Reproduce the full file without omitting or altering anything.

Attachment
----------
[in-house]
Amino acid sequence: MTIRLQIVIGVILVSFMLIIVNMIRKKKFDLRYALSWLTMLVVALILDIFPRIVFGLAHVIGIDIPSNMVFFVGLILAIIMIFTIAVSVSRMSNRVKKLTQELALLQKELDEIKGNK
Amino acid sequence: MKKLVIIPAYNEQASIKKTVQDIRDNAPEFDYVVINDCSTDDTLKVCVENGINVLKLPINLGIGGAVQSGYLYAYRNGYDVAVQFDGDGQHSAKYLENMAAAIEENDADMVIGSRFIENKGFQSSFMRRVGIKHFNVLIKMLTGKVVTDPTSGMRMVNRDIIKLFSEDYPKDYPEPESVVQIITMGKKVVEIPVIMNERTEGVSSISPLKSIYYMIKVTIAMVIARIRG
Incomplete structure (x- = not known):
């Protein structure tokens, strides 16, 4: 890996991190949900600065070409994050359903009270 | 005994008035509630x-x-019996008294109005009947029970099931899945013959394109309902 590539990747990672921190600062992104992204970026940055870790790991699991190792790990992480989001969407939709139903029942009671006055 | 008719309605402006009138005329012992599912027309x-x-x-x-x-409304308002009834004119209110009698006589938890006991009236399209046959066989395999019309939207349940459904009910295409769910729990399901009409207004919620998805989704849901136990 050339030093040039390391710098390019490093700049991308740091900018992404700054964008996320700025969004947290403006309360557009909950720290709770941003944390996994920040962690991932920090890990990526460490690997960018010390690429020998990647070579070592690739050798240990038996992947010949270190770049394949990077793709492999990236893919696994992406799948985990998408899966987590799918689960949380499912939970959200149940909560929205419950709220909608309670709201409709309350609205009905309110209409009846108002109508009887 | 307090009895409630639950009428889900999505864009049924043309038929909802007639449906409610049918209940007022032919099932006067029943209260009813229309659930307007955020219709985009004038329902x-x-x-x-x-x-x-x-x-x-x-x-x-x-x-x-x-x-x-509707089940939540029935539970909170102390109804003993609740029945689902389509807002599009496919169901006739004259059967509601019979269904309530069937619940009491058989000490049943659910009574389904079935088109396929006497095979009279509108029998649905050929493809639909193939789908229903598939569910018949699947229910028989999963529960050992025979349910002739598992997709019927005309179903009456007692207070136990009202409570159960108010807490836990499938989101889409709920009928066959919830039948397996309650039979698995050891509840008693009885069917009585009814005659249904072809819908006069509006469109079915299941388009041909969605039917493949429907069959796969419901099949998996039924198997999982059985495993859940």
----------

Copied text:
[in-house]
Amino acid sequence: MTIRLQIVIGVILVSFMLIIVNMIRKKKFDLRYALSWLTMLVVALILDIFPRIVFGLAHVIGIDIPSNMVFFVGLILAIIMIFTIAVSVSRMSNRVKKLTQELALLQKELDEIKGNK
Amino acid sequence: MKKLVIIPAYNEQASIKKTVQDIRDNAPEFDYVVINDCSTDDTLKVCVENGINVLKLPINLGIGGAVQSGYLYAYRNGYDVAVQFDGDGQHSAKYLENMAAAIEENDADMVIGSRFIENKGFQSSFMRRVGIKHFNVLIKMLTGKVVTDPTSGMRMVNRDIIKLFSEDYPKDYPEPESVVQIITMGKKVVEIPVIMNERTEGVSSISPLKSIYYMIKVTIAMVIARIRG
Incomplete structure (x- = not known):
């Protein structure tokens, strides 16, 4: 890996991190949900600065070409994050359903009270 | 005994008035509630x-x-019996008294109005009947029970099931899945013959394109309902 590539990747990672921190600062992104992204970026940055870790790991699991190792790990992480989001969407939709139903029942009671006055 | 008719309605402006009138005329012992599912027309x-x-x-x-x-409304308002009834004119209110009698006589938890006991009236399209046959066989395999019309939207349940459904009910295409769910729990399901009409207004919620998805989704849901136990 050339030093040039390391710098390019490093700049991308740091900018992404700054964008996320700025969004947290403006309360557009909950720290709770941003944390996994920040962690991932920090890990990526460490690997960018010390690429020998990647070579070592690739050798240990038996992947010949270190770049394949990077793709492999990236893919696994992406799948985990998408899966987590799918689960949380499912939970959200149940909560929205419950709220909608309670709201409709309350609205009905309110209409009846108002109508009887 | 307090009895409630639950009428889900999505864009049924043309038929909802007639449906409610049918209940007022032919099932006067029943209260009813229309659930307007955020219709985009004038329902x-x-x-x-x-x-x-x-x-x-x-x-x-x-x-x-x-x-x-509707089940939540029935539970909170102390109804003993609740029945689902389509807002599009496919169901006739004259059967509601019979269904309530069937619940009491058989000490049943659910009574389904079935088109396929006497095979009279509108029998649905050929493809639909193939789908229903598939569910018949699947229910028989999963529960050992025979349910002739598992997709019927005309179903009456007692207070136990009202409570159960108010807490836990499938989101889409709920009928066959919830039948397996309650039979698995050891509840008693009885069917009585009814005659249904072809819908006069509006469109079915299941388009041909969605039917493949429907069959796969419901099949998996039924198997999982059985495993859940």